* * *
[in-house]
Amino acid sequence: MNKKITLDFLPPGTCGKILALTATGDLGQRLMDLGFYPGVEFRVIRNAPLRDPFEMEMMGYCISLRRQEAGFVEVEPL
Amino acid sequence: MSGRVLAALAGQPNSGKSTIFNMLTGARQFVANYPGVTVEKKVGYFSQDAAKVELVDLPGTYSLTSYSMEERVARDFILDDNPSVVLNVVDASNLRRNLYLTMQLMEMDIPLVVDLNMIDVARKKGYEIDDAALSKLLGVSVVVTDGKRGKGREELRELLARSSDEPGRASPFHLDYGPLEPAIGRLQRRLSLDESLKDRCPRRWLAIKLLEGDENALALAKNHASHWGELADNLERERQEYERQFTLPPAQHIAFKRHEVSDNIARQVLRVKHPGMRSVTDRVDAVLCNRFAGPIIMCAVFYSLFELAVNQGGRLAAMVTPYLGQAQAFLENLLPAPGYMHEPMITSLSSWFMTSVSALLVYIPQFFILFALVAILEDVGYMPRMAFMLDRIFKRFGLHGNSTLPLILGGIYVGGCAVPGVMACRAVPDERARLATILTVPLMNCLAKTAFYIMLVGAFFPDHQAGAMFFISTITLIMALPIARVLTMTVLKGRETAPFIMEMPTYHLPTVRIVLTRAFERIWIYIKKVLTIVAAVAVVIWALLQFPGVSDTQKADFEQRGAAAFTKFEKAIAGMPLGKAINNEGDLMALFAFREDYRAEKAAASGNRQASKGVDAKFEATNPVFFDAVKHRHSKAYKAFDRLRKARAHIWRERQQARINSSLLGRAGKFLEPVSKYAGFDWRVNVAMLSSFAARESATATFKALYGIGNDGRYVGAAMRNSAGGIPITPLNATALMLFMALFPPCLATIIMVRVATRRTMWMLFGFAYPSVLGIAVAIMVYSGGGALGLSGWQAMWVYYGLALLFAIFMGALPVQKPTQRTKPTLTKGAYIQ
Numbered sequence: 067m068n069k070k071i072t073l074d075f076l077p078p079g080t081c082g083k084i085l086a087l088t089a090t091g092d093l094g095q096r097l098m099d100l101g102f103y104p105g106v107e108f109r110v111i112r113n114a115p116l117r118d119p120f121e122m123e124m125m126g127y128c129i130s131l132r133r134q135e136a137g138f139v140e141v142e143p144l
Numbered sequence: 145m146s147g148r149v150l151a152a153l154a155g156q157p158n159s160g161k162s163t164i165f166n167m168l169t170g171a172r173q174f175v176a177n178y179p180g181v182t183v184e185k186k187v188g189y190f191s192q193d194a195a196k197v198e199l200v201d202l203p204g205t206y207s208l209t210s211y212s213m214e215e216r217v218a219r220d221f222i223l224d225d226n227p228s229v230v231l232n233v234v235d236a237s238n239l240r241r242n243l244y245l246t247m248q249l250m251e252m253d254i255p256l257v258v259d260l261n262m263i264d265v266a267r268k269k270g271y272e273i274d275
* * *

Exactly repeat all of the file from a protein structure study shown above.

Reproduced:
[in-house]
Amino acid sequence: MNKKITLDFLPPGTCGKILALTATGDLGQRLMDLGFYPGVEFRVIRNAPLRDPFEMEMMGYCISLRRQEAGFVEVEPL
Amino acid sequence: MSGRVLAALAGQPNSGKSTIFNMLTGARQFVANYPGVTVEKKVGYFSQDAAKVELVDLPGTYSLTSYSMEERVARDFILDDNPSVVLNVVDASNLRRNLYLTMQLMEMDIPLVVDLNMIDVARKKGYEIDDAALSKLLGVSVVVTDGKRGKGREELRELLARSSDEPGRASPFHLDYGPLEPAIGRLQRRLSLDESLKDRCPRRWLAIKLLEGDENALALAKNHASHWGELADNLERERQEYERQFTLPPAQHIAFKRHEVSDNIARQVLRVKHPGMRSVTDRVDAVLCNRFAGPIIMCAVFYSLFELAVNQGGRLAAMVTPYLGQAQAFLENLLPAPGYMHEPMITSLSSWFMTSVSALLVYIPQFFILFALVAILEDVGYMPRMAFMLDRIFKRFGLHGNSTLPLILGGIYVGGCAVPGVMACRAVPDERARLATILTVPLMNCLAKTAFYIMLVGAFFPDHQAGAMFFISTITLIMALPIARVLTMTVLKGRETAPFIMEMPTYHLPTVRIVLTRAFERIWIYIKKVLTIVAAVAVVIWALLQFPGVSDTQKADFEQRGAAAFTKFEKAIAGMPLGKAINNEGDLMALFAFREDYRAEKAAASGNRQASKGVDAKFEATNPVFFDAVKHRHSKAYKAFDRLRKARAHIWRERQQARINSSLLGRAGKFLEPVSKYAGFDWRVNVAMLSSFAARESATATFKALYGIGNDGRYVGAAMRNSAGGIPITPLNATALMLFMALFPPCLATIIMVRVATRRTMWMLFGFAYPSVLGIAVAIMVYSGGGALGLSGWQAMWVYYGLALLFAIFMGALPVQKPTQRTKPTLTKGAYIQ
Numbered sequence: 067m068n069k070k071i072t073l074d075f076l077p078p079g080t081c082g083k084i085l086a087l088t089a090t091g092d093l094g095q096r097l098m099d100l101g102f103y104p105g106v107e108f109r110v111i112r113n114a115p116l117r118d119p120f121e122m123e124m125m126g127y128c129i130s131l132r133r134q135e136a137g138f139v140e141v142e143p144l
Numbered sequence: 145m146s147g148r149v150l151a152a153l154a155g156q157p158n159s160g161k162s163t164i165f166n167m168l169t170g171a172r173q174f175v176a177n178y179p180g181v182t183v184e185k186k187v188g189y190f191s192q193d194a195a196k197v198e199l200v201d202l203p204g205t206y207s208l209t210s211y212s213m214e215e216r217v218a219r220d221f222i223l224d225d226n227p228s229v230v231l232n233v234v235d236a237s238n239l240r241r242n243l244y245l246t247m248q249l250m251e252m253d254i255p256l257v258v259d260l261n262m263i264d265v266a267r268k269k270g271y272e273i274d275